Moose: A Year in the Life of a Twig Eater

Experience a calf’s first year of life as it grows up in Jasper National Park amid some of the most striking scenery on the planet.
Available on CBC Gem

Moose: A Year in the Life of a Twig Eater

Nature of Things

Little 5 day-old calfWill this five-day-old calf survive the year?

High up in Canada’s Rockies, by a crystal-clear lake rimmed with old-growth forest, a moose is born.

At the best of times, the odds are stacked against this leggy 16-kilo calf surviving its first year, as normally less than 50 percent do, but now that number is sinking even lower.

Moose populations across many parts of North America are in steep decline and scientists believe one big reason is that fewer moose calves are surviving their first year.

If the population continues on this trajectory, scientists believe that moose could be gone from many parts of North America within the next 50 years. It has never been more important to understand what happens in the first year of a moose’s life.

FOR KIDS
Share this infographic from CBC.ca/kids  and video story with your children to learn about the first year of life in a moose.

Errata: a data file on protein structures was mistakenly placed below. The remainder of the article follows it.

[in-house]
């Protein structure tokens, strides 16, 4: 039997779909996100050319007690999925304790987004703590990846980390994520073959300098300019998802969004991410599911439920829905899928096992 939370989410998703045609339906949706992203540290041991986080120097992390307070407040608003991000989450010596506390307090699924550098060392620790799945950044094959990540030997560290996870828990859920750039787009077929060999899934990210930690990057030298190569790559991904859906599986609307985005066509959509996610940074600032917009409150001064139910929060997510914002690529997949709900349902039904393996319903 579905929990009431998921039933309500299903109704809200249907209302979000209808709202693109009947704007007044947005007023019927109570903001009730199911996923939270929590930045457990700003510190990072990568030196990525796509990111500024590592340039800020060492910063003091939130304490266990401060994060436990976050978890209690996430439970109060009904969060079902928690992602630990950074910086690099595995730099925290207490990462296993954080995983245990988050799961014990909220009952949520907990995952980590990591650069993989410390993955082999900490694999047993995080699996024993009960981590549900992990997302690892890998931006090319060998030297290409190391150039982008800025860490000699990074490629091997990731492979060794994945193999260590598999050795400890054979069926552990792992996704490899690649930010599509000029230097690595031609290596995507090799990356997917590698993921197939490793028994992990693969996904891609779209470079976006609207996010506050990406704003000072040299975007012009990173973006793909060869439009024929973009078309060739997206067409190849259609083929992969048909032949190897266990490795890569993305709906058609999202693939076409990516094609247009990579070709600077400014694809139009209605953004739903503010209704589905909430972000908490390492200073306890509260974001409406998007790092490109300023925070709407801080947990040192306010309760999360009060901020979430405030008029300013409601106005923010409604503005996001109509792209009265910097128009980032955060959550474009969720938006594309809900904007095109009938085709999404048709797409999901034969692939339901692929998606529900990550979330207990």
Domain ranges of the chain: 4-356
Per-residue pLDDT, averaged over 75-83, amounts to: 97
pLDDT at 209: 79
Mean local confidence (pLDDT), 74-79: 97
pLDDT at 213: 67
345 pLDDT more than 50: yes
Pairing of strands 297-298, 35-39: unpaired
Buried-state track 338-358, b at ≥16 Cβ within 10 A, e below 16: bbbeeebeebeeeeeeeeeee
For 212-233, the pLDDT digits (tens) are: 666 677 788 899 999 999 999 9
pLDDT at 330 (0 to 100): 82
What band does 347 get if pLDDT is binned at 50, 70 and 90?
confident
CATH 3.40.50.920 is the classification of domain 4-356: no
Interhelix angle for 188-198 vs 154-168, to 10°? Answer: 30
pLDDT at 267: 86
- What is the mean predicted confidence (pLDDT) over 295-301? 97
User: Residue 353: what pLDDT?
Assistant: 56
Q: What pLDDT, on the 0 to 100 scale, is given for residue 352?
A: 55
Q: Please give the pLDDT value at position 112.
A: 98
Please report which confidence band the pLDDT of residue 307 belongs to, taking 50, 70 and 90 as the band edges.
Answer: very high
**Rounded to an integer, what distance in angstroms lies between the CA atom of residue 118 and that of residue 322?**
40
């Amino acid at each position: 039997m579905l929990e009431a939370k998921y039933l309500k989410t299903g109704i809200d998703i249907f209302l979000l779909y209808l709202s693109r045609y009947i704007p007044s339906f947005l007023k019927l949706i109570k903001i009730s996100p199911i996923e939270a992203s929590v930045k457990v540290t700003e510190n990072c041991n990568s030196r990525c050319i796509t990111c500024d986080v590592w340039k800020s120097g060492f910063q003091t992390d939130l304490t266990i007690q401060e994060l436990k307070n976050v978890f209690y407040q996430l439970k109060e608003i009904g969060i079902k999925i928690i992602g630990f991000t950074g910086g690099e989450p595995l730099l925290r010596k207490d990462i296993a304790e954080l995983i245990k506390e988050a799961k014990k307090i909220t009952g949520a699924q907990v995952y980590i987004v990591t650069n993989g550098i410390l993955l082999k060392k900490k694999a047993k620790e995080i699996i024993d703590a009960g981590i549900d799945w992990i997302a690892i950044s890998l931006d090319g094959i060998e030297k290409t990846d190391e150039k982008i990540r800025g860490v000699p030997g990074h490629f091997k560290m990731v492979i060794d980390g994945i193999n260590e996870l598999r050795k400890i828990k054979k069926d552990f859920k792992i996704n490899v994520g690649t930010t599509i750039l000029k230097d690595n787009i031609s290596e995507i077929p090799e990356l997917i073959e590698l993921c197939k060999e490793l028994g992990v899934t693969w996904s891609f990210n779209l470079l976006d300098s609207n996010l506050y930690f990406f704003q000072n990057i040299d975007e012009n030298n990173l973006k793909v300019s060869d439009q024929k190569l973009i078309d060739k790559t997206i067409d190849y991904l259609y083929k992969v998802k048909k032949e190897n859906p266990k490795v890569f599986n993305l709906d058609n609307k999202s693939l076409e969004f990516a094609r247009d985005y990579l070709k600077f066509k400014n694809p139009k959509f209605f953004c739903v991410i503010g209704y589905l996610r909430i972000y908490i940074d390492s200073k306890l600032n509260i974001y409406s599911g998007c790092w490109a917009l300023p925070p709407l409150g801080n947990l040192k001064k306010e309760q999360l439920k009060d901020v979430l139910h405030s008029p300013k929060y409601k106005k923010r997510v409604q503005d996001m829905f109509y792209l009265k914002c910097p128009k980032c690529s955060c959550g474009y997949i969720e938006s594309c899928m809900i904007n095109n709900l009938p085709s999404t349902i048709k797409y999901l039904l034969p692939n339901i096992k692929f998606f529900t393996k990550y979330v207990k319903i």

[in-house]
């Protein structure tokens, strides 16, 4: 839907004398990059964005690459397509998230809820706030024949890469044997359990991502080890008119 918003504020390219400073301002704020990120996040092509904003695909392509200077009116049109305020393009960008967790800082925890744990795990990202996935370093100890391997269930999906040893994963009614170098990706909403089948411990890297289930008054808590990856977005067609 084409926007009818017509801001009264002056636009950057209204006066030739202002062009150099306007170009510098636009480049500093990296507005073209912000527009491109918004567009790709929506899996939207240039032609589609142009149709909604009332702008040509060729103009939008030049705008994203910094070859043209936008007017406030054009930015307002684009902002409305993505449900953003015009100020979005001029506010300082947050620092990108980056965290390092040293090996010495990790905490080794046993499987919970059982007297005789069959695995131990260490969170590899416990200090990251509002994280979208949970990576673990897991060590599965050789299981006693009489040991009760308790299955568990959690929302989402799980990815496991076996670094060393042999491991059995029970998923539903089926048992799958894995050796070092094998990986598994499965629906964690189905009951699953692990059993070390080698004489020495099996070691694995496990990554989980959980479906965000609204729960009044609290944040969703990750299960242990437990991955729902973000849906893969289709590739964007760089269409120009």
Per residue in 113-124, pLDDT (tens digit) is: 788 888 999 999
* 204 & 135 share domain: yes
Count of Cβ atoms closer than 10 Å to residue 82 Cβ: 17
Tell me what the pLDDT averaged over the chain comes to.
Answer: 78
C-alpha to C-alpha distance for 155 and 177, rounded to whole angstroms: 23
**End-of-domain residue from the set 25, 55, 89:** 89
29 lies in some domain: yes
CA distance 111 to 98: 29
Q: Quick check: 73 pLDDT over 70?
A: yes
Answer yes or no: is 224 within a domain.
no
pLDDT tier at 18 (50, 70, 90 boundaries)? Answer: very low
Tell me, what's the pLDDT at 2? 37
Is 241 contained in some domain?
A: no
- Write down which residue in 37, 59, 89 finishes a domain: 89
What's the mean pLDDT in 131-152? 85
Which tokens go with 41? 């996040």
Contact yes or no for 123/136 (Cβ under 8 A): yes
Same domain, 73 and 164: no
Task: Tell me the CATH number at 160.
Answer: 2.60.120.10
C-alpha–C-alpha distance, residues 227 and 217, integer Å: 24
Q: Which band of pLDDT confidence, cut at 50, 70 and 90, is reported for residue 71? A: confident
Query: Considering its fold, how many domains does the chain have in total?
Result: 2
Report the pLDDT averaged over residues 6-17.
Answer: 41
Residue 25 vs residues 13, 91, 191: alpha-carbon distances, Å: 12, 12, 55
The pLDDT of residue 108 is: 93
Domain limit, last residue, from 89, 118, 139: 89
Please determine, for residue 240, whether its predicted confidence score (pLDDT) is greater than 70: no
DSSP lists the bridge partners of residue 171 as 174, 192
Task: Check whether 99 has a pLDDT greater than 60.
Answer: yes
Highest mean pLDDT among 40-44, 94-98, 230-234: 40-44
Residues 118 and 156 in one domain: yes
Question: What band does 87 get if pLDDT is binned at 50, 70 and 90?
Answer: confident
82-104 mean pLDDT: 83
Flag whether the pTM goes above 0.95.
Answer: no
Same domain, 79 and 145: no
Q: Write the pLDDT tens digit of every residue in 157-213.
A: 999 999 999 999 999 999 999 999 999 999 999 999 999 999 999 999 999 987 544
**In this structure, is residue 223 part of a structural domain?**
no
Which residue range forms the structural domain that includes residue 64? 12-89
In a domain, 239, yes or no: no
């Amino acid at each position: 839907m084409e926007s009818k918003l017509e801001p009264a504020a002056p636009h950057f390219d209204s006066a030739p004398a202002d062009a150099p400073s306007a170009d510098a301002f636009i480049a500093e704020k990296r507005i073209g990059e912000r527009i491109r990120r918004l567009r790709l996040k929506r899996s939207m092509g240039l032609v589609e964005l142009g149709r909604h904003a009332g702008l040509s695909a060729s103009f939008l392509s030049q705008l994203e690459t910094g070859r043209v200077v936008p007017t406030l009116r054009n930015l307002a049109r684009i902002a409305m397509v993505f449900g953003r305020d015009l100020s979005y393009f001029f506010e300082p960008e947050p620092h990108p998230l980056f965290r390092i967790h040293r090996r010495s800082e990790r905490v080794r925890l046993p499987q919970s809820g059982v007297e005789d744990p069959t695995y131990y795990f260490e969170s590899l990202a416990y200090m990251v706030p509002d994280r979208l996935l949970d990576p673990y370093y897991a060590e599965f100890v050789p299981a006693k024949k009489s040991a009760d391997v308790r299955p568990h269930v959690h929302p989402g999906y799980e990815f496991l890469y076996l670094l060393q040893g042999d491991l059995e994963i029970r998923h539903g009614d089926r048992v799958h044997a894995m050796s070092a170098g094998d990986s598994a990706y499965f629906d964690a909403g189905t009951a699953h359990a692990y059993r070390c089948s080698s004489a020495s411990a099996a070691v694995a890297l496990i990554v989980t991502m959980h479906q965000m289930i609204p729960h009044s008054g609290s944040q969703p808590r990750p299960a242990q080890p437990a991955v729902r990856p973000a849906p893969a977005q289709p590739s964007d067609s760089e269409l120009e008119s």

LISTEN
To an interview with director Susan Fleming.

This stunningly intimate nature documentary does just that by taking viewers deep inside the world of moose to experience a calf’s first year of life up close and personal, like it has never been seen before. Watch in awe as a young calf grows up right before your eyes in a land of snow-capped mountains, grizzly bears and wolves amid some of the most striking scenery on the planet.

A look at the beauty of Jasper National Park and why it's such a great habitat for moose.

Our film crews spent 13 months with a moose calf and its mother in the spectacular wilds of Jasper National Park to give viewers a ringside seat to witness a mother’s love and a calf’s everyday struggle for survival in the spectacular yet brutal landscape of the Canadian Rockies.

Produced by Twig Eaters Inc. in partnership with CBC The Nature of Things, PBS Nature and the BBC’s Natural World.

LOVE THE MUSIC?

Here are a few tracks from the film composed by Geoff Bennett and Andre Hirtz and performed by Mary Margaret O'Hara.
All is Good in the World, FramedrumLike a River.

Credits